REYES v. The STATE.
Maxiliano Reyes appeals his conviction for aggravated assault and cruelty to children in the second degree, contending that the evidence was insufficient. Because we find the evidence was sufficient, we affirm.
E.B. testified that between 7:30 and 8:30 p.m. on June 23, 2000, as she was driving with her two-year-old son in the car, the driver of a truck behind her flashed its headlights for her to stop. After she stopped, she realized that Reyes was driving the truck. She had recently dated Reyes for about two months, during which time he had slapped her. E.B. rolled down her window and told Reyes that “it was over” because she did not want to be hit again. When she refused Reyes's request to get out of the car, he hit her on her mouth, grabbed her arm, and took her into a wooded area. Holding onto E.B.'s arm, Reyes hit her with his belt ten to fifteen times on her legs and buttocks. E.B.'s son cried as he watched the incident. Because Reyes warned E.B. that if she went to the police, he would “do something worse” to her, she did not report the incident to police until three days later. An investigator took photographs of E.B.'s injuries, and the pictures showing severe bruises were admitted at trial.
Although Reyes attacks E.B.'s credibility and further points to evidence which he claims establishes his alibi, the victim's testimony alone is sufficient for a conviction.1 “The testimony of a single witness is generally sufficient to establish a fact. That another witness may provide contradictory evidence goes only to the weight of the evidence and the credibility of the testifying witness․” 2 After a criminal conviction, this court views the evidence in the light most favorable to the verdict, and the defendant no longer enjoys the presumption of innocence.3 We do not weigh the evidence or determine witness credibility but only determine whether under the standard of Jackson v. Virginia4 the evidence is sufficient to support a verdict of guilt.5 Conflicts in the testimony of the witnesses are for the jury to resolve.6 So long as there is some competent evidence, even though contradicted, to support each element of the crime, the jury's verdict will be upheld.7 Under the circumstances here, the evidence was sufficient to authorize the jury to find Reyes guilty beyond a reasonable doubt of aggravated assault by striking E.B. repeatedly with a belt on her legs and body,8 as alleged in the indictment. Further, the evidence that Reyes committed the forcible felony of aggravated assault knowing that E.B.'s small child was present and watching was sufficient to authorize Reyes's conviction for cruelty to children in the second degree.9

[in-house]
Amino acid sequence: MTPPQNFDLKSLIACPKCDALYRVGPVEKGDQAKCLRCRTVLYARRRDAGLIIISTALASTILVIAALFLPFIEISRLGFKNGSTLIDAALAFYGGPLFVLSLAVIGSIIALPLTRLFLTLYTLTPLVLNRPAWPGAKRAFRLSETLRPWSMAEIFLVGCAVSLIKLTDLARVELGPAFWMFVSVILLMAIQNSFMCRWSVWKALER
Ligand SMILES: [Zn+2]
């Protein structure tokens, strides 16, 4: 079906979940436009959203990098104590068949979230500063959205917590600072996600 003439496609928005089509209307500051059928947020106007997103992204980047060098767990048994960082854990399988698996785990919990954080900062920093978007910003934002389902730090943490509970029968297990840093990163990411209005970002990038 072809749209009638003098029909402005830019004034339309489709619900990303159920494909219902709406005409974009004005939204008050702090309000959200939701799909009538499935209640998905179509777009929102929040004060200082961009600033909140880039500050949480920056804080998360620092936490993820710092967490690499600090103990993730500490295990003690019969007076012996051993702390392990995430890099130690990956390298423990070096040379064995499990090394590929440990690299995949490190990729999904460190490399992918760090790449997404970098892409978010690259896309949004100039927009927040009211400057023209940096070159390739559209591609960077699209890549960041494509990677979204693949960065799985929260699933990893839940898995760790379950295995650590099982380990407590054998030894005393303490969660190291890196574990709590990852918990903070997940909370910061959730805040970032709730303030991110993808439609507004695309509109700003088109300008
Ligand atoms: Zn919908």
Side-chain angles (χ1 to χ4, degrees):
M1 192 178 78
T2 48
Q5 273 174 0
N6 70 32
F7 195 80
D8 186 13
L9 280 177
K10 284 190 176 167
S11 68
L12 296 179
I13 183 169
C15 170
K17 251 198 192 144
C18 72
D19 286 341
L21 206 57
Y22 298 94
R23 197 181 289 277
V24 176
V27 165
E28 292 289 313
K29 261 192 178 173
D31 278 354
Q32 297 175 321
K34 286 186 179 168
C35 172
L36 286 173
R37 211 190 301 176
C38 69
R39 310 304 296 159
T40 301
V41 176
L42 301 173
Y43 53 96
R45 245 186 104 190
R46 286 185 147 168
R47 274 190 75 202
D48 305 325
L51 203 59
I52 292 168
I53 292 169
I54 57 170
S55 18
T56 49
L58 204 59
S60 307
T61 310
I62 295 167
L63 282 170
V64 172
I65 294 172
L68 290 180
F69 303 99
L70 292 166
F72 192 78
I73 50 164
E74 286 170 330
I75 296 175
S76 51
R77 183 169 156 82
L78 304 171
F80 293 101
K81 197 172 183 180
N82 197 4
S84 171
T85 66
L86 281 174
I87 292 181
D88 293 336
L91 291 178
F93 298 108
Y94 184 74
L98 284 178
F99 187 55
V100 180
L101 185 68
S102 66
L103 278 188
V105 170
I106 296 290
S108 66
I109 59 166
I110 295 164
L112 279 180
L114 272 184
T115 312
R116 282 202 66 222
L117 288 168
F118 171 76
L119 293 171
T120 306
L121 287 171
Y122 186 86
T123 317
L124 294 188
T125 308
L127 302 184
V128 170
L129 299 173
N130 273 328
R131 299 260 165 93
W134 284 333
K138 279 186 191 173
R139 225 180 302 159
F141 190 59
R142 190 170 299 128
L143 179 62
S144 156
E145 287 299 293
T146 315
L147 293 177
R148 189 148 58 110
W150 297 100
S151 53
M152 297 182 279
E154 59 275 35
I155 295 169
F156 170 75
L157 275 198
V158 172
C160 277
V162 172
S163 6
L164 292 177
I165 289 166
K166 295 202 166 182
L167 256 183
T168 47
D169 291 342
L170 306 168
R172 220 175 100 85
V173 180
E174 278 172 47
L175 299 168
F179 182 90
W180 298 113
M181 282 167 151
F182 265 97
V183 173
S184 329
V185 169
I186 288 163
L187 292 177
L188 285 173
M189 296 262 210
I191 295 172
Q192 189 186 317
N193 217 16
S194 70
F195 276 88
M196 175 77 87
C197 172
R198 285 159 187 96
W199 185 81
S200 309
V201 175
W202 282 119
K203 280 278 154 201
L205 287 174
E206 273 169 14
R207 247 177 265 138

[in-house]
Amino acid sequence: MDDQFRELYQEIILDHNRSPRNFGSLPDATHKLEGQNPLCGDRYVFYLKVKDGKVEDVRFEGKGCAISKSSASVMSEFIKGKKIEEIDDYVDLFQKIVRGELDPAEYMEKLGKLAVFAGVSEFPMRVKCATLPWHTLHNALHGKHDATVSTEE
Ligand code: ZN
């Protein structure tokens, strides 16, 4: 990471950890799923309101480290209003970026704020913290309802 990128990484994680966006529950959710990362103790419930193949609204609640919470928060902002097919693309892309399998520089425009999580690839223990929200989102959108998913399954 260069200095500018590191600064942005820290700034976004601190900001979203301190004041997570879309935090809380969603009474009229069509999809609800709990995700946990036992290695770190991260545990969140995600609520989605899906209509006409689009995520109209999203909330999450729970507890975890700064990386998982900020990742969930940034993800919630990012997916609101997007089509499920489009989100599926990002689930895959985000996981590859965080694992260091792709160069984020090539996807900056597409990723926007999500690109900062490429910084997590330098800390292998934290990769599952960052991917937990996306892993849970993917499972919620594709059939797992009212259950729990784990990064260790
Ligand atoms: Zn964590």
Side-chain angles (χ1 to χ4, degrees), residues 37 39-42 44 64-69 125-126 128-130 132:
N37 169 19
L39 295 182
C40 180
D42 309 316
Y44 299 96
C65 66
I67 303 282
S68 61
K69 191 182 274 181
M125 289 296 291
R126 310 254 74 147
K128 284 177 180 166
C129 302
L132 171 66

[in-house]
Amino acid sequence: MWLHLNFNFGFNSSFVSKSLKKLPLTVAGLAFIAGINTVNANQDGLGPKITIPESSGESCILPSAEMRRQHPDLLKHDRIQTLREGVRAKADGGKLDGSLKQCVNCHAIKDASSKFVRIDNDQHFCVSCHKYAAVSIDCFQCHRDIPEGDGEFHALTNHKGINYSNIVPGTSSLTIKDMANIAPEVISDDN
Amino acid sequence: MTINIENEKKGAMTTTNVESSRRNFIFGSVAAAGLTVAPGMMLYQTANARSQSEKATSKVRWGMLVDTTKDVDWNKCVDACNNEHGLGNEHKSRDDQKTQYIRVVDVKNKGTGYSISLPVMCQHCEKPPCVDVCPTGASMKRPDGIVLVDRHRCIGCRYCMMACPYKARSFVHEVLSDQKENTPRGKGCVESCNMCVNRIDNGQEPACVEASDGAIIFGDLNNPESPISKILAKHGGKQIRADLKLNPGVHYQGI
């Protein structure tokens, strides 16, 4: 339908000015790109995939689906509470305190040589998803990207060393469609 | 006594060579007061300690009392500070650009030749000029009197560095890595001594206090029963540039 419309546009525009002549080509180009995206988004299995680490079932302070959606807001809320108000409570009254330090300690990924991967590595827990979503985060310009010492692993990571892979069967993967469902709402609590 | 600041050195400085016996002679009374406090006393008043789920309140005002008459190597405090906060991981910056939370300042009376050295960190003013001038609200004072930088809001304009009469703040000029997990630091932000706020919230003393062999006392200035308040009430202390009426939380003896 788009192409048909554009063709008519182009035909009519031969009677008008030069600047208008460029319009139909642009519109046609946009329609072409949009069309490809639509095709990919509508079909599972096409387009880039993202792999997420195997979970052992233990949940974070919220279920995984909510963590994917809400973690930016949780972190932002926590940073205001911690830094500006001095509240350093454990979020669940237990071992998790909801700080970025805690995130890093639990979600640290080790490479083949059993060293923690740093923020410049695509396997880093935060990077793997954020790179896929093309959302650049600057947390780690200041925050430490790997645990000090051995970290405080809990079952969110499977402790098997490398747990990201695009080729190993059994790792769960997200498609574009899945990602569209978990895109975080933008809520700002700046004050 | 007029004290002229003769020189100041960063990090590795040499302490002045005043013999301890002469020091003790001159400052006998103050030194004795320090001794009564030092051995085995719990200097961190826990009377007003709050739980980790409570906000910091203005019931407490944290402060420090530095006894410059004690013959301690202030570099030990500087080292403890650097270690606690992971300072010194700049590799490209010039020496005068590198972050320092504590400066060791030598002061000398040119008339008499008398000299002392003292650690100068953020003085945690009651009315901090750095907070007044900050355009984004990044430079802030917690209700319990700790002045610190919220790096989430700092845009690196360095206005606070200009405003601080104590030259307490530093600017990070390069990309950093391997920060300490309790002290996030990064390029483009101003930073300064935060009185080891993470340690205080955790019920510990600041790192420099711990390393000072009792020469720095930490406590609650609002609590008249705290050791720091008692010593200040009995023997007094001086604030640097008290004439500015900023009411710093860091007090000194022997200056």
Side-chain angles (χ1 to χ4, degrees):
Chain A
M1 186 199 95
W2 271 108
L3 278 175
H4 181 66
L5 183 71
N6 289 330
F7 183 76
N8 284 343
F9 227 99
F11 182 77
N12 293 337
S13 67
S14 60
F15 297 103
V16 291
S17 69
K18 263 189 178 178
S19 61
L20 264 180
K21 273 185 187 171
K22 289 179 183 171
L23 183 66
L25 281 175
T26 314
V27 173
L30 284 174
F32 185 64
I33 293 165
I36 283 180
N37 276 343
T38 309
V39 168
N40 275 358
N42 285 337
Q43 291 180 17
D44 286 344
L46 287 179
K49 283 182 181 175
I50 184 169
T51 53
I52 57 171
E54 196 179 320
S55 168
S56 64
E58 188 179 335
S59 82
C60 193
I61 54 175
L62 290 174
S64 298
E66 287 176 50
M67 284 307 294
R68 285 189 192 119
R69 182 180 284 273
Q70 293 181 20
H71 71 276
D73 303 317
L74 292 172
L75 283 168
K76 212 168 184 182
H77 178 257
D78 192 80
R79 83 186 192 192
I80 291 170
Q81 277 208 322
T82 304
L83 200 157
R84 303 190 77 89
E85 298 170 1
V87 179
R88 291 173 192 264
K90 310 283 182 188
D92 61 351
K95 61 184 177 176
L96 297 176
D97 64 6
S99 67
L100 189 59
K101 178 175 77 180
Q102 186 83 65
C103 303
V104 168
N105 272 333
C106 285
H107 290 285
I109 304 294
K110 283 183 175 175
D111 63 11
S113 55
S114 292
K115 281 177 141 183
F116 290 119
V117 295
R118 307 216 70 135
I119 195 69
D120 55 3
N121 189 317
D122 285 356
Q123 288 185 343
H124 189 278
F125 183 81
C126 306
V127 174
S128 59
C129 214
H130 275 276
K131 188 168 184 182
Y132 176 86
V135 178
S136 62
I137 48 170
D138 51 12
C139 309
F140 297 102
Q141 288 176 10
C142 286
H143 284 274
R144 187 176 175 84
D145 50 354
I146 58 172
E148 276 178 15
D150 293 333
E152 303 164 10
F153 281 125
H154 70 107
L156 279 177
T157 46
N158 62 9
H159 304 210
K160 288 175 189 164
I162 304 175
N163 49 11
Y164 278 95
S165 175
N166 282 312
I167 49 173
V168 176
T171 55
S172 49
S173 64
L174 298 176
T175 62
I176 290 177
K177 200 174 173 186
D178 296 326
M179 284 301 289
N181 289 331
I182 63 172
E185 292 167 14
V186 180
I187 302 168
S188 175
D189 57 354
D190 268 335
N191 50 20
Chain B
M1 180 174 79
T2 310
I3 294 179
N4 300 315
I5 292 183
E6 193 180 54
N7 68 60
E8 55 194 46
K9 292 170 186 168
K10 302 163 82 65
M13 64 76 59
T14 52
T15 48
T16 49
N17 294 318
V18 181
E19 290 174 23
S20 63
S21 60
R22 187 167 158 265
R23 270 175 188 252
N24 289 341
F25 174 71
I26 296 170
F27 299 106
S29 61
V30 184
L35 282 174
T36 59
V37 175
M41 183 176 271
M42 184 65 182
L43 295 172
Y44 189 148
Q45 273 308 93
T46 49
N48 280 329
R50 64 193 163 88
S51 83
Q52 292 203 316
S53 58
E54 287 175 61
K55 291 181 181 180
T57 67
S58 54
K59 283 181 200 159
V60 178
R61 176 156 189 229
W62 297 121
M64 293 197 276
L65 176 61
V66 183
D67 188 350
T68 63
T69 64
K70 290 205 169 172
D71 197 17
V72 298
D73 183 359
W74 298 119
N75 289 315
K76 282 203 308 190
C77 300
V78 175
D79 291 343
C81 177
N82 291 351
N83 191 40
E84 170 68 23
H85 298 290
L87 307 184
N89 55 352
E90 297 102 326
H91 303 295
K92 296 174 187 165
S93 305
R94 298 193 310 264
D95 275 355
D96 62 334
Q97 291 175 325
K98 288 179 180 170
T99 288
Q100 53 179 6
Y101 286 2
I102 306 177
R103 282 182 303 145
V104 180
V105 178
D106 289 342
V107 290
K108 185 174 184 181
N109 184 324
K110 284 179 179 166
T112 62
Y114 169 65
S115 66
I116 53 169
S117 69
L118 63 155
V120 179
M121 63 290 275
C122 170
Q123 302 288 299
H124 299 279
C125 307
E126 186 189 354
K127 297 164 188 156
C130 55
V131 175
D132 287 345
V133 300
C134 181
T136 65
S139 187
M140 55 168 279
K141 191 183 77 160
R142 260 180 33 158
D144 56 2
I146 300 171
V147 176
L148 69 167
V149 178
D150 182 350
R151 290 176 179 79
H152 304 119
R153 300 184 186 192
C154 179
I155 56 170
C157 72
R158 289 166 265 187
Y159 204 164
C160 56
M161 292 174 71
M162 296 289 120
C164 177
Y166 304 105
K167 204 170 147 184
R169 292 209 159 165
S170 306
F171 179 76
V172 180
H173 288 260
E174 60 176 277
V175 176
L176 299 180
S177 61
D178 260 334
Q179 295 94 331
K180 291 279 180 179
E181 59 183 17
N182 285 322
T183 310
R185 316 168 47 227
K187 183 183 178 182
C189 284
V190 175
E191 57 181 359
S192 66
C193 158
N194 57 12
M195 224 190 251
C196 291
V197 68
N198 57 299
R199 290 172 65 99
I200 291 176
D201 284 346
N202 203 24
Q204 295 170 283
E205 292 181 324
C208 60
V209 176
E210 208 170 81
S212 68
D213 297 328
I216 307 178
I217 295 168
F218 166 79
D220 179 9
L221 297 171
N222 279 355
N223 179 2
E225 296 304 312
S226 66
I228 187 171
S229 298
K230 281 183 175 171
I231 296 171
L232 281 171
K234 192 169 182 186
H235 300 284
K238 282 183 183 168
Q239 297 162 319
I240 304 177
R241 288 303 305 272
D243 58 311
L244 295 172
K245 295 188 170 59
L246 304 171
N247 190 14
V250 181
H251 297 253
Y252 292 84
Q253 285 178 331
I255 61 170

1. See Kinney v. State, 234 Ga.App. 733, 734(1), 506 S.E.2d 441 (1998).
2. (Punctuation and footnotes omitted.) Vickers v. State, 246 Ga.App. 734, 735(1), 541 S.E.2d 694 (2000).
3. Bartlett v. State, 244 Ga.App. 49-50, 537 S.E.2d 362 (2000).
4. 443 U.S. 307, 99 S.Ct. 2781, 61 L.Ed.2d 560 (1979).
5. Bartlett, supra, 244 Ga.App. at 50, 537 S.E.2d 362.
8. Jackson, supra, 443 U.S. 307, 99 S.Ct. 2781; OCGA § 16-5-21(a)(2); see Johnson v. State, 238 Ga.App. 677, 678(1), 520 S.E.2d 221 (1999); see also Kinney, supra, 234 Ga.App. at 734-735, 506 S.E.2d 441.
9. Jackson, supra, 443 U.S. 307, 99 S.Ct. 2781; OCGA § 16-5-70(c)(1); see Bartlett, supra, 244 Ga.App. at 51, 537 S.E.2d 362.
SMITH, P.J., and BARNES, J., concur.